Rosemarie Colvin, the mother of Sunday Times journalist Marie Colvin who was killed in Syria, said Thursday that her daughter was "murdered" by the Syrian authorities.
"My daughter was murdered by these people," Rosemarie Colvin said in an interview with CNN. "That's what they've done."
Marie Colvin and French freelance photojournalist Remi Ochlik were among dozens killed Wednesday when Syrian forces shelled the rebel city of Homs.
"I really thought she would get out," Cat Colvin, Marie Colvin's sister, told CNN. "She's been in so many life-threatening situations and always gets out.
"Maybe not safely, but she makes it out," Cat Colvin said. "And I was just so shocked that she didn't this time."
Rosemarie Colvin said she never tried to talk her daughter out of war reporting.
Signup to our newsletter and follow us on Facebook and Twitter!
"She was always determined and very committed to what she was doing and it just wasn't something that I would try to talk her out of or get involved with," she said.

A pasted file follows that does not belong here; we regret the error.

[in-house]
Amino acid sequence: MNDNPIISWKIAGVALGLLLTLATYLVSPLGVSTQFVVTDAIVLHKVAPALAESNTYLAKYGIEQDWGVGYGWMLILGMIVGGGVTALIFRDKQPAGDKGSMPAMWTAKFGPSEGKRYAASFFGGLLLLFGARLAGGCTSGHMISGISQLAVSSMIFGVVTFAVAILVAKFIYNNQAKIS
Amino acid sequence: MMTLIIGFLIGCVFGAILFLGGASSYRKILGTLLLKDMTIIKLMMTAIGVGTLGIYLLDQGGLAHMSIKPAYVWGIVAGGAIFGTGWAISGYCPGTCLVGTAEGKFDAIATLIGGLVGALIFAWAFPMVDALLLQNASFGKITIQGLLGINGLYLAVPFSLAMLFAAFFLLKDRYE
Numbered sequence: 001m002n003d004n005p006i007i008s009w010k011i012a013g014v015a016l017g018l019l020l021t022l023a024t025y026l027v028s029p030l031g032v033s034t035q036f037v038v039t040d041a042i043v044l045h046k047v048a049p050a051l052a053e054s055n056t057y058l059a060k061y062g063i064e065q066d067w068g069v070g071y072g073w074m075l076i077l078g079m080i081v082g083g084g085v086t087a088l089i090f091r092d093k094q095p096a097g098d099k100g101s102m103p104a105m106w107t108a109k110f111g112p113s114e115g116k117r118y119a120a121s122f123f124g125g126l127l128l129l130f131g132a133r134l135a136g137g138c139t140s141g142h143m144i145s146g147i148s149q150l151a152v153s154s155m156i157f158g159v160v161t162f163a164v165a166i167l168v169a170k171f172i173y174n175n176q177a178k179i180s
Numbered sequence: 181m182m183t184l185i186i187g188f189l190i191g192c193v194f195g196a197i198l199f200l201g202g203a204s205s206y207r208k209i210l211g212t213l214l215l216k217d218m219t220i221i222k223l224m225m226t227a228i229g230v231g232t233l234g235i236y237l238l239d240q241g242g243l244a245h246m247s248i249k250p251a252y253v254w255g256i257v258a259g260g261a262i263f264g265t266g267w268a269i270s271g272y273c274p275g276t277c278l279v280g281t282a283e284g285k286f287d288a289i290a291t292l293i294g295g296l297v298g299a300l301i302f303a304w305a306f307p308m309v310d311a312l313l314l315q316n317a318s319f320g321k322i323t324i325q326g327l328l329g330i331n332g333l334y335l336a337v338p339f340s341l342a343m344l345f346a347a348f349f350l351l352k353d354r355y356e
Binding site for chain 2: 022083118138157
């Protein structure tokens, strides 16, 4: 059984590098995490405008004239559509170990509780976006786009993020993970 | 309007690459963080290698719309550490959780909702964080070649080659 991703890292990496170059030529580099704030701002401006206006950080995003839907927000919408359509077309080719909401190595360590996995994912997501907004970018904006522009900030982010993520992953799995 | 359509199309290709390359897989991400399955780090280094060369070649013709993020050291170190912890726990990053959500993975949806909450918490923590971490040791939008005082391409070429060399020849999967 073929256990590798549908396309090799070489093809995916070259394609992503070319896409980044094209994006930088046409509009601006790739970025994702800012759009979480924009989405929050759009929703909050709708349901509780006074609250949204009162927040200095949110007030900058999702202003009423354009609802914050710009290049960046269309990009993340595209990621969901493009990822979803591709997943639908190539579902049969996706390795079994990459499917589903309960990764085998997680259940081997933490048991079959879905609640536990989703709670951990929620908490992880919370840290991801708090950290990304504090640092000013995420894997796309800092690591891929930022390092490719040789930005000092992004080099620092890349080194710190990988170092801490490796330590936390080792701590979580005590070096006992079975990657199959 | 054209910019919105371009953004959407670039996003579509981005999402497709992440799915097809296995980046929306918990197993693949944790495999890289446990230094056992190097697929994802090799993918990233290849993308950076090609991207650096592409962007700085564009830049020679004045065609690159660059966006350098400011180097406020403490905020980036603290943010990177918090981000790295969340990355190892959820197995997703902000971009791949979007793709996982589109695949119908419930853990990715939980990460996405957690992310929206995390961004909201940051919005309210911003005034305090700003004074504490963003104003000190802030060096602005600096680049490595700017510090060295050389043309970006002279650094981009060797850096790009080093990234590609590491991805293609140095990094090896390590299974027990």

Cat Colvin said it was little solace that her sister died doing a job that she loved.
"I think that she probably felt that this is the way she would have wanted to go, doing what she believed in," Cat Colvin said. "But it's not a great comfort for us, I don't think, at least for me. We've still lost her."
"We never dwelled on (the danger) and always hoped it would end the way it usually did with her survival and even being injured," Rosemarie Colvin said. "And now it didn't happen and we're going to miss her terribly."
Born in the United States but based in London, Marie Colvin covered some of the world's bloodiest conflicts over the past few decades.
In 2001 she suffered a shrapnel wound sustained from a grenade explosion covering the civil war in Sri Lanka, depriving her of sight in one eye.
The Sunday Times, the paper she had worked for for 25 years, put her final dispatch from the Babr Amr area of Homs outside its paywall so that everyone could read it.
"It is a city of the cold and hungry, echoing to exploding shells and bursts of gunfire," Colvin wrote in the piece, originally published on Sunday. "On the lips of everyone was the question: 'Why have we been abandoned by the world?'"